Fixing the text message issue requires forethought. Before you go on vacation, you’re going to need to log into your Google Voice account from a computer, go to settings, and check “Receive text messages on this phone.” Additionally, if you want to be notified that you have voicemail, check “Notify me of new voicemails via text.” These will be sent to you via the non-internet methods that work pretty much anywhere.
As long as you have 1x or EDGE, you should be able to send and receive texts with no problem using your phone or ROM’s built-in text messaging app. Beware, though, if you’re on a plan where text messaging is not included: the advantages of Google’s free text messaging will be nullified.
To get your voicemail on a carrier-integrated Google Voice account, just dial your phone number from your cell phone. You’ll be able to receive voicemails old-school style. If you need to get them from another phone, you can call up your cell phone number, press the * key, enter your PIN, and get your voicemail.
Make sure you’ve set up a PIN before you go, either from the Google Voice settings page from a computer at settings, voicemail and text, PIN, or by calling your voicemail from the phone and recording a new PIN.
Another great feature of Google Voice is the ability to send your calls to a landline, so if you’re staying somewhere that has a landline and no cell signal, you can simply forward calls to it. Unfortunately this has to be set up while you have both an internet connection and the ability to answer the phone when Google Voice calls and asks for a random verification number.
You may be able to set up Google Voice to forward your cell to the number you’re calling from by navigating the voice settings on a call to temporary settings/temporary number. I have not been able to confirm this, though, as I don’t have enough phone numbers to play with.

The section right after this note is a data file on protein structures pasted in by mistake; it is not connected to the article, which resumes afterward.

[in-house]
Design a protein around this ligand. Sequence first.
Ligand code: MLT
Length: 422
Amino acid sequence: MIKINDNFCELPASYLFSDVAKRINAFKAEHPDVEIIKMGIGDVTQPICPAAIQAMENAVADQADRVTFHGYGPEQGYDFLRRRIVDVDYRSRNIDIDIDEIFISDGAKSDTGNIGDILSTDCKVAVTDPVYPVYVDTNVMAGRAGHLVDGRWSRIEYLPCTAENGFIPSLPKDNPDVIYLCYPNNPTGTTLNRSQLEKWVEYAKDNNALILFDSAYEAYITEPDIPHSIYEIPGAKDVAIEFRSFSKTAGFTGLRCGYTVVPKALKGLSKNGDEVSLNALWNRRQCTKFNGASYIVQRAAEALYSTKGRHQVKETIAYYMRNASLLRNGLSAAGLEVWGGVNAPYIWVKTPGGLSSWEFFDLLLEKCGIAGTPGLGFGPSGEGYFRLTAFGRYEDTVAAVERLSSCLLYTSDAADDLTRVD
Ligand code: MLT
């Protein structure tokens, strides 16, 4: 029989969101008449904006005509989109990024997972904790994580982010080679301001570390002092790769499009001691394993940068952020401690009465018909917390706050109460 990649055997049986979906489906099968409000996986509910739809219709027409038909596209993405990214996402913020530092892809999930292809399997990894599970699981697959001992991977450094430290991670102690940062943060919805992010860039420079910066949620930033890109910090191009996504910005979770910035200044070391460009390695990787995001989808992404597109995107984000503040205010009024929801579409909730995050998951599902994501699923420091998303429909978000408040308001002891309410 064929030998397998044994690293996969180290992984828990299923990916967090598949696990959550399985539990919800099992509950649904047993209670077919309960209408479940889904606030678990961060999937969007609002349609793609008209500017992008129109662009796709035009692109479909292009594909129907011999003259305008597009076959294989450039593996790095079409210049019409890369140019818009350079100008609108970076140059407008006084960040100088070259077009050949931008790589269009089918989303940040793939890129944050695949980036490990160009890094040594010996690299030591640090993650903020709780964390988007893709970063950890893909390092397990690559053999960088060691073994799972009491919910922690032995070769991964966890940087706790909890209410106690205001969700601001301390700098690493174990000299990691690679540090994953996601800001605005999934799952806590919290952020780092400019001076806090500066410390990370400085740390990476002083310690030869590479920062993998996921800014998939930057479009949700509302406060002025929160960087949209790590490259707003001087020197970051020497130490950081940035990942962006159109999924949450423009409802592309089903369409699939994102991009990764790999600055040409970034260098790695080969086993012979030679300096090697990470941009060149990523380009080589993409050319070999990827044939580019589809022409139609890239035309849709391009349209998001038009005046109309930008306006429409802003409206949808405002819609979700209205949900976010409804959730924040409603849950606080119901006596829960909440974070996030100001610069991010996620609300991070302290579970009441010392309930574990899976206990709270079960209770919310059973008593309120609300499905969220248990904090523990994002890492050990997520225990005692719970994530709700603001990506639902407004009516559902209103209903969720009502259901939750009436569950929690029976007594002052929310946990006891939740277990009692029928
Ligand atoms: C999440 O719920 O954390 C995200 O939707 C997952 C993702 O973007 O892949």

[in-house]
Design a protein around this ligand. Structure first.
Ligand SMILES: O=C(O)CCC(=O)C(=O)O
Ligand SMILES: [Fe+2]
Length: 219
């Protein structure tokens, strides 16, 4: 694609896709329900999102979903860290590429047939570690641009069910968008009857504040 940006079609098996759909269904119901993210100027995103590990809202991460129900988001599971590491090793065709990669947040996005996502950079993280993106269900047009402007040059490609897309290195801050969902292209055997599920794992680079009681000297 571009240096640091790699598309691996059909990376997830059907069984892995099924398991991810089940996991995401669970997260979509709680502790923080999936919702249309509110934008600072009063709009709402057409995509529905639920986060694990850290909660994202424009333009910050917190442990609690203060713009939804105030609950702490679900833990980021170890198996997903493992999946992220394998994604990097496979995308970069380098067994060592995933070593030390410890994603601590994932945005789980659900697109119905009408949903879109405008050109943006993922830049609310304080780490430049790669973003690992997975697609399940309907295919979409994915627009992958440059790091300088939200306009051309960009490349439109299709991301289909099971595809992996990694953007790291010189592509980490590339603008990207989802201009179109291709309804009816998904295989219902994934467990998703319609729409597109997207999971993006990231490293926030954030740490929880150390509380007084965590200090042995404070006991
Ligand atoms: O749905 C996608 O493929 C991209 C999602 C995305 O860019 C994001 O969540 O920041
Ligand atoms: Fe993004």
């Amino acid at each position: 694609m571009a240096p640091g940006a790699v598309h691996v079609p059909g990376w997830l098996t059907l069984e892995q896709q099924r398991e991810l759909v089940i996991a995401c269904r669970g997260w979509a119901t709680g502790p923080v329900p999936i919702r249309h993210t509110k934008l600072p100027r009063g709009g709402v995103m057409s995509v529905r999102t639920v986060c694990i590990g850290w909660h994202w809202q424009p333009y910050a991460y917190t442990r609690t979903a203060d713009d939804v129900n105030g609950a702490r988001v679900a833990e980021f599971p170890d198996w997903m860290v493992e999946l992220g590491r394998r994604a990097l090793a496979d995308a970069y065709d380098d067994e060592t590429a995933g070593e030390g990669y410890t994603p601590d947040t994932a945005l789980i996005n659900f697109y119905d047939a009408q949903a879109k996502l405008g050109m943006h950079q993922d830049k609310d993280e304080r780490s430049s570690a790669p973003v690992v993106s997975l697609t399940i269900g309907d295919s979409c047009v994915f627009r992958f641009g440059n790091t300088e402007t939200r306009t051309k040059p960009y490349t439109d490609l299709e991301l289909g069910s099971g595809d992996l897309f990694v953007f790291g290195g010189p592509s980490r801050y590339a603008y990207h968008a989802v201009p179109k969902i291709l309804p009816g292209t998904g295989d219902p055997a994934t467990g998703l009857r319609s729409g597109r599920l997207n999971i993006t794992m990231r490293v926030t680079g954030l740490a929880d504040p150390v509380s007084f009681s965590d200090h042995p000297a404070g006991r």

I was running an extremely lossy connection and attempting to download Opera Mobile, which has a low-speed page rendering option. I discovered that if your ping times are over 1000ms, you’re not going to be able to download anything from the Google Play Store; instead, you’ll get random error messages that mean you are not being authorized.
On extremely slow connections, your ability to maintain a secured connection is shot, so Google Play will not let you download anything, even if you are able to browse to the app you need.
There’s no workaround for this, so download what you need beforehand.
The other Google Products, while amazing, are pretty useless without a data connection, but I’m sure there are exceptions. Just plan to be without Google products when you’ll be without data, and be happy when they work.
Make sure to turn off auto-sync/auto-upload over anything on Google Plus (and Dropbox or similar), unless you want it to spend your vacation and battery attempting to upload 40MB of photos over a shaky data connection.
I’ve skipped over the Google Navigation and Maps warnings so many times about verifying that your destination has a real world address since Google has been spot-on for most things, but it bears repeating. Always check against reality that where you’re going is where you’re going. For example, I was going to a place called Wildcat Road next to a marina. I entered the address and it pulled up the road next to a marina. I went 35 miles toward it before my hosts called me, and we figured out that it was taking me to the wrong state, having found two similar addresses within 50 miles.
Also, unless you’re on a working vacation like I was, if you can, just put the Google down and walk away and enjoy yourself.